Robert Pickton: The Vancouver Missing Women
Vancouver's Downtown Eastside is the poorest neighborhood in British Columbia--in all of Canada, for that matter. No other slum or ghetto in the country matches the squalor of this 10-block urban wasteland, with its rundown hotels and pawn shops, stained and fractured sidewalks, gutters and alleyways littered with garbage, used condoms and discarded hypodermic needles. Downtown Eastside has another name as well, used commonly by residents and the police who clean up after them. They call the district "Low Track," and it fits.
Low Track is Vancouver's Skid Row. Its cold heart is the intersection of Main and Hastings, nicknamed "Pain and Wastings" by the denizens who know it best. Low Track is the heart of British Columbia's rock-bottom drug scene, estimates of its junkie population ranging from 5,000 to 10,000 at any given moment. The drugs of choice are heroin and crack cocaine, supplied by motorcycle gangs or Asian cartels that stake out choice blocks for themselves and defend their turf with brute force. Most of Low Track's female addicts support their habits via prostitution, trolling the streets night and day, haunted creatures rendered skeletal by what one Seattle Times reporter has dubbed "the Jenny Crack diet." Safe sex is an illusion in this neighborhood, which boasts the highest HIV infection rate in North America.
Low Track's recent history is a tale of unrelenting failure. Vancouver lured affluent tourists by the hundreds of thousands to Expo '86, but the prospect of easy money brought a corresponding influx of the poor and hopeless, most of them gravitating to Downtown Eastside. Around the same time, competition among drug cartels flooded the district with cheap narcotics, encouraging a new generation of addicts to turn on, tune in and drop out. Surrounding districts passed new laws to purge their streets of prostitutes, driving the women out of Burnaby and North Vancouver, into Downtown Eastside. In 1994, federal cutbacks left welfare recipients short of cash, while mental hospitals disgorged patients onto the streets. By 1997, careless sex and shared needles had taken their toll in Low Track, one-fourth of the neighborhood's residents testing HIV-positive. So far, government needle-exchange programs have failed to stem the plague, despite provision of some 2.8 million needles in Low Track each year.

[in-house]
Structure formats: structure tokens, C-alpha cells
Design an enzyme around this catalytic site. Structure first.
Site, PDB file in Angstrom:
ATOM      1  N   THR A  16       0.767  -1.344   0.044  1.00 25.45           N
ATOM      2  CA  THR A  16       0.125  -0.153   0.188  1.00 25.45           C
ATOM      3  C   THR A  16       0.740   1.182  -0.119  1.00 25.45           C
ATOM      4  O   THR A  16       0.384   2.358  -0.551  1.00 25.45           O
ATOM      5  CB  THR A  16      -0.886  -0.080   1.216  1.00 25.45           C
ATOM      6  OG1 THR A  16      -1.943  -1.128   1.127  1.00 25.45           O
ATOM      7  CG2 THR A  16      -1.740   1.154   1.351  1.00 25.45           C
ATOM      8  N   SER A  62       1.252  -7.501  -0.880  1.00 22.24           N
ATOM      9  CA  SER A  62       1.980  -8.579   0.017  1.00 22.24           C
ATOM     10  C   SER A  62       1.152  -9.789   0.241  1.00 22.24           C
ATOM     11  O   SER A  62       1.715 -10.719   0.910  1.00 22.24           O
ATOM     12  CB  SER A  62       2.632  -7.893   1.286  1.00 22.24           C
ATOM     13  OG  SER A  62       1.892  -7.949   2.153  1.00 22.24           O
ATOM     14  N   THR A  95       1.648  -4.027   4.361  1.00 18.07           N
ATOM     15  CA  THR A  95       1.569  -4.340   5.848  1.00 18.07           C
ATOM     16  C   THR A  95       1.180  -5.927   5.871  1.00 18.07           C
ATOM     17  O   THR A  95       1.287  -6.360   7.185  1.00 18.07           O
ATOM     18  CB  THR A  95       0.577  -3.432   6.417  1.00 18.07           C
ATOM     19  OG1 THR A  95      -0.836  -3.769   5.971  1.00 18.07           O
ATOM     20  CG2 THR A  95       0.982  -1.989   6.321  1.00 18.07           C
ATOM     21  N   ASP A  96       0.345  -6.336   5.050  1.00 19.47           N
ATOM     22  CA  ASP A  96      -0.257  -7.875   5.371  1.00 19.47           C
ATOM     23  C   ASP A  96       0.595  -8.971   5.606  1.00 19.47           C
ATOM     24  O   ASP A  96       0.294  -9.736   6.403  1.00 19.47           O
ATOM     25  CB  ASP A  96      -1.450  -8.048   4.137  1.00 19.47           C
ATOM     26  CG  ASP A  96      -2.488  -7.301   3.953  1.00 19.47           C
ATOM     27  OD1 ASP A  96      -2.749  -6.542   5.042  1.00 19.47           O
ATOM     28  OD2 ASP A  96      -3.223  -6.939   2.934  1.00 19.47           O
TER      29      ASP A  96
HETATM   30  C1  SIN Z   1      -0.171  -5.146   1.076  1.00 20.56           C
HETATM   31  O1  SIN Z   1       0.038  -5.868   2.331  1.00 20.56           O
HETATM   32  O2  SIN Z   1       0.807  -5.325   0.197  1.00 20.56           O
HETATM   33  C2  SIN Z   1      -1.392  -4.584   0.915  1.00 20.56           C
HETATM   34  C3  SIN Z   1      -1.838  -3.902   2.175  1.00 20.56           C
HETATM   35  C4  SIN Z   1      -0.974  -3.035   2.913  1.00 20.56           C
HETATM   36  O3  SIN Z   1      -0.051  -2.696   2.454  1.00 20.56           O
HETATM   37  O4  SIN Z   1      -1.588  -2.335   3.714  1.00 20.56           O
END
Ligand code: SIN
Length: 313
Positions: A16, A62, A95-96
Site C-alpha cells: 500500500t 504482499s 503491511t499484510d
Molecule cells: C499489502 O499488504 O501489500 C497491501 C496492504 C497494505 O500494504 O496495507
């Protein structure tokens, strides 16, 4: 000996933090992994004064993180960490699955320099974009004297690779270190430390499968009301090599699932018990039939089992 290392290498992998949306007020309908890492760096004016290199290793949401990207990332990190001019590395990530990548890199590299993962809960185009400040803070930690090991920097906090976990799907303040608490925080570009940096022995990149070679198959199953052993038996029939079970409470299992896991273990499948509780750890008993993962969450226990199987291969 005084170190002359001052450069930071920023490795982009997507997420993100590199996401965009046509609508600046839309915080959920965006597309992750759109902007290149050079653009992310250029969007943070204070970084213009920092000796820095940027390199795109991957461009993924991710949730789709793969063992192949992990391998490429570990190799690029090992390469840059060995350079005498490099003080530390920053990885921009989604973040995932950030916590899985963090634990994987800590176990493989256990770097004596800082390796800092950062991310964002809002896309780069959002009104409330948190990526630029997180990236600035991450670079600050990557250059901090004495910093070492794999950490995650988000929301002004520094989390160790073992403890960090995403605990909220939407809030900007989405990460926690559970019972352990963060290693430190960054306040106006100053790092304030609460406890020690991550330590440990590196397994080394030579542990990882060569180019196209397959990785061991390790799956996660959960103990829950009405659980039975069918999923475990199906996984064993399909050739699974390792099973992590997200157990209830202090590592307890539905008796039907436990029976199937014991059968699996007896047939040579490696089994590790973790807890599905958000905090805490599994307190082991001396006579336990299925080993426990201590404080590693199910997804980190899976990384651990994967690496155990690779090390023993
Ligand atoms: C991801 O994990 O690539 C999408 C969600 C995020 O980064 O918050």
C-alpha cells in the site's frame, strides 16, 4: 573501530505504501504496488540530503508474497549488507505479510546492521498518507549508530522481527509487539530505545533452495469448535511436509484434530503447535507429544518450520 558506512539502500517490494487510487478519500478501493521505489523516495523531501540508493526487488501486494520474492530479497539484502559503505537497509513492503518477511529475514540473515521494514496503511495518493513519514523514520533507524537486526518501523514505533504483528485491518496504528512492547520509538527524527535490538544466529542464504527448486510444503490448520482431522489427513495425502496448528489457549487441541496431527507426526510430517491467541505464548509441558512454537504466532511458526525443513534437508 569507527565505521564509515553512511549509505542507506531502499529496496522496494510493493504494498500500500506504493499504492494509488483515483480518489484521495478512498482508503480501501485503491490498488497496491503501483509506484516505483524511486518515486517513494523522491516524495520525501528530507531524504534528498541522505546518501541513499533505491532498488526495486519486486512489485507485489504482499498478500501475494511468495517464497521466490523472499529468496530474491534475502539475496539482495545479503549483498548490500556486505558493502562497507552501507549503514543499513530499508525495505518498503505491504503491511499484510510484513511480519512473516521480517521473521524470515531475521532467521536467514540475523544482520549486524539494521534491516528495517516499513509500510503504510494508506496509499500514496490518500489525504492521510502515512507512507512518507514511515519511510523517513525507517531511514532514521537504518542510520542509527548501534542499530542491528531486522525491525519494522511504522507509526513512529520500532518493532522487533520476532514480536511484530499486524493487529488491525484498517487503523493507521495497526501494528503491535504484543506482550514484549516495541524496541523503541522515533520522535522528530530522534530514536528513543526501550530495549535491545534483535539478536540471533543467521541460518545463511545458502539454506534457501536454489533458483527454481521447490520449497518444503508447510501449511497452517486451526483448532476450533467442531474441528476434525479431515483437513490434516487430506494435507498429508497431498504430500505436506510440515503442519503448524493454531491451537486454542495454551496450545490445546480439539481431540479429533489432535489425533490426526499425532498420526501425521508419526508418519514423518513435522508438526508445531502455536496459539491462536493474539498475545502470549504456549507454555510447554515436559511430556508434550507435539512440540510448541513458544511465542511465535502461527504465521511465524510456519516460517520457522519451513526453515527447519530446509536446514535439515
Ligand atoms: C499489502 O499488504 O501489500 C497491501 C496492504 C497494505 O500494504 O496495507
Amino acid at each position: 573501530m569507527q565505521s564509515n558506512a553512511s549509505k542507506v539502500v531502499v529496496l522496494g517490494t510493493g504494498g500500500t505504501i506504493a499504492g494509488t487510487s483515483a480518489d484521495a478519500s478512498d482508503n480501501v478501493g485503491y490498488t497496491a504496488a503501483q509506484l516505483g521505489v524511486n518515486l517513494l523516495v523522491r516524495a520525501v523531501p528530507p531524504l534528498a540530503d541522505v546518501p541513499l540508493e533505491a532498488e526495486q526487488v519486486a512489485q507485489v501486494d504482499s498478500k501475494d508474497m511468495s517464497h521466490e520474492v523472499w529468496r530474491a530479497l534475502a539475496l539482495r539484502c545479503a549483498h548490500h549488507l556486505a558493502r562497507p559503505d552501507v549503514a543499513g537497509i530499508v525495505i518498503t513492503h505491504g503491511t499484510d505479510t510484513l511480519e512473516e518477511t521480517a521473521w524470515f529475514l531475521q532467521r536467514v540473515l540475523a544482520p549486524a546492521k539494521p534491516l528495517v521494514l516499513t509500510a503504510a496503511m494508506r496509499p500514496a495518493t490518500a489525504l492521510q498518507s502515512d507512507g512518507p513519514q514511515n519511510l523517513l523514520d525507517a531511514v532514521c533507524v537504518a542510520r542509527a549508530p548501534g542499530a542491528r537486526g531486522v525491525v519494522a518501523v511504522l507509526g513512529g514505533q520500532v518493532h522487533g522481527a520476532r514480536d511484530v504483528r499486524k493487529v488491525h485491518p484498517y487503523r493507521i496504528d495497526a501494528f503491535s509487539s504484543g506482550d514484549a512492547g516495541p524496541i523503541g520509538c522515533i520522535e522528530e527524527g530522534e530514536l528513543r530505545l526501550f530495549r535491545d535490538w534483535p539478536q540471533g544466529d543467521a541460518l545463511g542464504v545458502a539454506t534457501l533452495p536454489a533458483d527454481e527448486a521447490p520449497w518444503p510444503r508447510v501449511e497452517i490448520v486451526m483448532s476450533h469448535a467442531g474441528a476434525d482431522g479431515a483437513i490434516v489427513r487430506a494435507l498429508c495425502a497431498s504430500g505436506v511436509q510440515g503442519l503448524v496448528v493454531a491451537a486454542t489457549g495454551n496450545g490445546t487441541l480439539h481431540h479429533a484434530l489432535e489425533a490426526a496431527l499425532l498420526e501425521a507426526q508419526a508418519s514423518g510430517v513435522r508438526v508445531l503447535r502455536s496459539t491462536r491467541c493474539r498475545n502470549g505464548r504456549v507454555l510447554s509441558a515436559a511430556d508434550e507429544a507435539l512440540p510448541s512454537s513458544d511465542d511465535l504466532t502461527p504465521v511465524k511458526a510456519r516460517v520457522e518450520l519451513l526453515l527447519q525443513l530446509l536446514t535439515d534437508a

Low Track is infamous for its "kiddy stroll," featuring prostitutes as young as 11. Some of those work the streets, while others are secured by their pimps in special trick pads. New prospects arrive in Low Track every day, runaways and adventure-seekers dubbed "twinkies" by those already trapped in The Life. A 1995 survey of Downtown Eastside's working girls revealed that 73 percent of them entered the sex trade as children and the same percent were unwed mothers, averaging three children each. Of those, 90 percent had lost children to the state; fewer than half knew where their children were. More than 80 percent of the Low Track prostitutes were born and raised outside Vancouver. In 1998 they averaged one death per day from drug overdoses, the highest rate in Canadian history.
But there were other dangers on the street, as well. Three years before Expo '86 opened its gates, prostitutes began to vanish from Low Track. By the time police noticed the trend, 14 years later, more than two-dozen had already disappeared without a trace.